If you have a vacuum tube radio that you need help repairing or restoring, we offer repair work at a reasonable fee to put your old set back into its original operating condition. The Base fee for an All American 5 Radio is  $145 plus cost of parts. Typical parts cost are: capacitors, $2 each; electrolytic capacitors, $3-$5  each; resistors, $1to $3 each. Tubes range from $8 to $75 (for those expensive ones like the 1L6). Tubes for German Radios are from $9.00 to $50 dollars. Some tubes like ECLL800 are expensive. 
We are now using our solid state 1L6 at $50 each. 

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They will make a big difference. A complete solid state tube set is available for $185 installed. They are specifically designed for the Trans-Oceanic and other similar radios using the same tube set.. I do NOT recommend these unless you have a fully refurbished radio electronically.
Unless otherwise agreed, work is limited to complete electronic and minor mechanical repair, including thorough cleanup, alignment and test, but not full restoration--electrically or cosmetically..

For Zenith tube type Trans-Oceanic radiosretainer fee is $125.00 This does not include the cost of tubes and parts as stated above.  If you wish us to work on the cases, including but not limited to black stag and cowhide, we will do minor repairs of the black stag and the cowhide only. Complete cleaning the exterior surfaces and refinishing repairing any damage. We will attempt to repair any cracks in the dial cover or other plastic surfaces with high tech polymer plastics, and replace the dial cover lenses if replaceable (8G005, G500). The additional cost is typically $95. If we think it is going to be more we will give you and estimate in writing listing the scope of the work and the associated costs involved. This will require approval in writing prior to the start of work.
We now have the capability to completely recover your black stag Trans-Oceanic radio. Please call or write us for a quote. This is done with the same material. The only difference is that the grain pattern will be more pronounced as the material is new.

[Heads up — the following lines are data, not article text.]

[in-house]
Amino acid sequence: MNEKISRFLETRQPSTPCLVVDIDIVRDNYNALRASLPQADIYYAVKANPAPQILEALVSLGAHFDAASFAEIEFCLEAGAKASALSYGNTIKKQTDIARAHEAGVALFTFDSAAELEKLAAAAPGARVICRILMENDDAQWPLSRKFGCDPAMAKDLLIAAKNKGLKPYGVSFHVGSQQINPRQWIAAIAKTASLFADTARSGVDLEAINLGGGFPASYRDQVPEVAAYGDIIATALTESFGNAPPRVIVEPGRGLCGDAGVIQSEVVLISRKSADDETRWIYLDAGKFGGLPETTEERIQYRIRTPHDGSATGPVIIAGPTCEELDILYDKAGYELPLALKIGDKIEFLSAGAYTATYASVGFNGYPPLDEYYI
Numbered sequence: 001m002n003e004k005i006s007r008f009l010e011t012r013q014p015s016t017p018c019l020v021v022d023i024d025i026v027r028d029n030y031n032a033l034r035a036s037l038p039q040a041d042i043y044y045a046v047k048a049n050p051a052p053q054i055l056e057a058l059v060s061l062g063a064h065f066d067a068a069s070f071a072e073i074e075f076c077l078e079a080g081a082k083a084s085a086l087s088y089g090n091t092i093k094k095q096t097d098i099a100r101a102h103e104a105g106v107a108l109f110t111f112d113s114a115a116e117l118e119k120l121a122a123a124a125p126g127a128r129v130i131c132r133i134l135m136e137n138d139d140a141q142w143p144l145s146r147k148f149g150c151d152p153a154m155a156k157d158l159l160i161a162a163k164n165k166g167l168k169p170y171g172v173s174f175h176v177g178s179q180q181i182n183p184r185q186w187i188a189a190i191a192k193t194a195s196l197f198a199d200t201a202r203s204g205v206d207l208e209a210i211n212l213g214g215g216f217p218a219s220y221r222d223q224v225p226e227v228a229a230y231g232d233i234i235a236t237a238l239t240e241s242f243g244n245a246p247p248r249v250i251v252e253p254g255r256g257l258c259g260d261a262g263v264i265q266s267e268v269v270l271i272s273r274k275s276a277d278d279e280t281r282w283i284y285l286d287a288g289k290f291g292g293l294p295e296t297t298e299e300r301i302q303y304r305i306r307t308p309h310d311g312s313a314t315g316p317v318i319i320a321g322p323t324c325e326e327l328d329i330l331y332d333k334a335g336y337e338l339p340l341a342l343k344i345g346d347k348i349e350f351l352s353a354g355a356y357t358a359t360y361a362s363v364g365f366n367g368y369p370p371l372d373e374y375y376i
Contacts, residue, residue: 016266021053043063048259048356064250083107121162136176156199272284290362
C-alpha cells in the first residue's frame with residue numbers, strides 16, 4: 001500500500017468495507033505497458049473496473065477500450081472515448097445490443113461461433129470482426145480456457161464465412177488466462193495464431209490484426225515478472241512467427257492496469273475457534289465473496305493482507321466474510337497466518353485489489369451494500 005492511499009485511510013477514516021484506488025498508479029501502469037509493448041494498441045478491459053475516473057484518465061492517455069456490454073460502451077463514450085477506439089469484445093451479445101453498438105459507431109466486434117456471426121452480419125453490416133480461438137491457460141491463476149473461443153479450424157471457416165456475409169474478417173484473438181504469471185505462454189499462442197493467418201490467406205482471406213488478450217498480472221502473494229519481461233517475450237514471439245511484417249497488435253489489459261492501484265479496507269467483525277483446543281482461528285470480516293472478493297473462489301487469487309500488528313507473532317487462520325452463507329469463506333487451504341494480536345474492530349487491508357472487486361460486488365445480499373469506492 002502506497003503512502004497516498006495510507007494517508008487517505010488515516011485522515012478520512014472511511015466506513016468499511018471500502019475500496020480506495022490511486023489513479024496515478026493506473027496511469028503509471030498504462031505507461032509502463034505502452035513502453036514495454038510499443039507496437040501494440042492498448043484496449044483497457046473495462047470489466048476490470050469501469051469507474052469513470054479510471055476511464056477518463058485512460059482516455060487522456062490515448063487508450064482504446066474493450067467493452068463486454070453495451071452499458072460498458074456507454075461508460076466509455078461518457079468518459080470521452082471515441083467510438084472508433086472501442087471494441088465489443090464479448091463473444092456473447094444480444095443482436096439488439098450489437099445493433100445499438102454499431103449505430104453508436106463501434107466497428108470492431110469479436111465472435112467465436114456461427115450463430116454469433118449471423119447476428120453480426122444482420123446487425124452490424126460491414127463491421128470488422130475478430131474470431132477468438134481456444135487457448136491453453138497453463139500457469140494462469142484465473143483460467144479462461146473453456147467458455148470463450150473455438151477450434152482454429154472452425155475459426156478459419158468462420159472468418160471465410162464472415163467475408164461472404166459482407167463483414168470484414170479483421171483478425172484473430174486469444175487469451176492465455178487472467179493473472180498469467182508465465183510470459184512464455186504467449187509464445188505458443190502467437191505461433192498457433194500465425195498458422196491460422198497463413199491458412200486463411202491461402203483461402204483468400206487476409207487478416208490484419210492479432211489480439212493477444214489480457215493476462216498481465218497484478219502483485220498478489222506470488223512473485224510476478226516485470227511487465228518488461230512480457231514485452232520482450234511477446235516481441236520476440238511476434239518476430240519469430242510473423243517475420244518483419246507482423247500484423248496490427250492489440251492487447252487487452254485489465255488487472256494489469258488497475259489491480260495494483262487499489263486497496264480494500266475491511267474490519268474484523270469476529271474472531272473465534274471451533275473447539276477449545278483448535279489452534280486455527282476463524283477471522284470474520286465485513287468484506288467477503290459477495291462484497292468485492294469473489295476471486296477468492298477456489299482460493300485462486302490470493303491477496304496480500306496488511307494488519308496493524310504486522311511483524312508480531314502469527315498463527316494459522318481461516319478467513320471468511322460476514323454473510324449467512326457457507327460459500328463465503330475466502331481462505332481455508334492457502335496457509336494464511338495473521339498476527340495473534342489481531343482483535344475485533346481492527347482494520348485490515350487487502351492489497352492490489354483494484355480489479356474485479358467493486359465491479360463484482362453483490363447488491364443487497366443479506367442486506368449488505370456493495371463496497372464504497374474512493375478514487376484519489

For portable radios other than Trans-Oceanic's, we usually ask you to remove the chassis from the case and send only the chassis. This technique will keep those old Bakelite and plastic cases from being damaged

Radios we no longer work on, We No longer Work on German Radio's of any kind. Too many issues In addition we no longer work on the 8G005 series of Trans Oceanic. They have become to difficult to work on due to the asbestos impregnated wiring. The wiring simply crumbles by simply touching it. Causing an almost total re-wiring of the radio, we end up eating way too much labor on them. I am getting too old for all this aggravation. So don't call and tell me how good a customer you are and you just purchased this really nice 8G005 and would you please, please work on it? The answer is still NO.

For full restoration of any radio, we must evaluate it in advance and prepare a written statement of work.  The statement with pricing will be sent prior to any work and remain in affect for 90 days.

If you radio is a large console,  once we have agreed on a price and our willingness to work on your console. We recommend you send only the chassis and speaker. On average, repair jobs cost anywhere from $150 to $500. This process may also require high quality photos to assess the repair process. f We will take on any set that has not been crushed or submerged and has all it original parts. We do not repair vintage automobile radios nor do we do transistor radios. 

Complete radio restoration is available but on a case by case basis and will be negotiated prior to agreement of the scope of work. Please contact me prior to shipping anything.